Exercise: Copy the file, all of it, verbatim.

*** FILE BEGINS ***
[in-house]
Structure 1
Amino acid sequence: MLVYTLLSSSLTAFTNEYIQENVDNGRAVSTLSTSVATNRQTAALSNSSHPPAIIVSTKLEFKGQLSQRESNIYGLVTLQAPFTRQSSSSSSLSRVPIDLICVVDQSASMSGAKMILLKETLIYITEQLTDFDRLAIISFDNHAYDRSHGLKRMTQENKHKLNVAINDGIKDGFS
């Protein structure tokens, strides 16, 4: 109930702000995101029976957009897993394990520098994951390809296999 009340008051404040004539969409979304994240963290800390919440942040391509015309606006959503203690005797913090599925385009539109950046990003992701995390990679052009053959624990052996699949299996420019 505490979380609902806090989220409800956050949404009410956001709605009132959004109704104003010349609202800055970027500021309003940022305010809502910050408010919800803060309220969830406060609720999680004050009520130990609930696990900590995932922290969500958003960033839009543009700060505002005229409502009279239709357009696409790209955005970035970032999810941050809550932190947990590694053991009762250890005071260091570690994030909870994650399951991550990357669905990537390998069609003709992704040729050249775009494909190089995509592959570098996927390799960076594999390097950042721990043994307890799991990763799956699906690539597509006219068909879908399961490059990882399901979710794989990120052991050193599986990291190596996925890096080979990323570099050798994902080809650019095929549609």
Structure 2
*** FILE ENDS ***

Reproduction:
[in-house]
Structure 1
Amino acid sequence: MLVYTLLSSSLTAFTNEYIQENVDNGRAVSTLSTSVATNRQTAALSNSSHPPAIIVSTKLEFKGQLSQRESNIYGLVTLQAPFTRQSSSSSSLSRVPIDLICVVDQSASMSGAKMILLKETLIYITEQLTDFDRLAIISFDNHAYDRSHGLKRMTQENKHKLNVAINDGIKDGFS
């Protein structure tokens, strides 16, 4: 109930702000995101029976957009897993394990520098994951390809296999 009340008051404040004539969409979304994240963290800390919440942040391509015309606006959503203690005797913090599925385009539109950046990003992701995390990679052009053959624990052996699949299996420019 505490979380609902806090989220409800956050949404009410956001709605009132959004109704104003010349609202800055970027500021309003940022305010809502910050408010919800803060309220969830406060609720999680004050009520130990609930696990900590995932922290969500958003960033839009543009700060505002005229409502009279239709357009696409790209955005970035970032999810941050809550932190947990590694053991009762250890005071260091570690994030909870994650399951991550990357669905990537390998069609003709992704040729050249775009494909190089995509592959570098996927390799960076594999390097950042721990043994307890799991990763799956699906690539597509006219068909879908399961490059990882399901979710794989990120052991050193599986990291190596996925890096080979990323570099050798994902080809650019095929549609």
Structure 2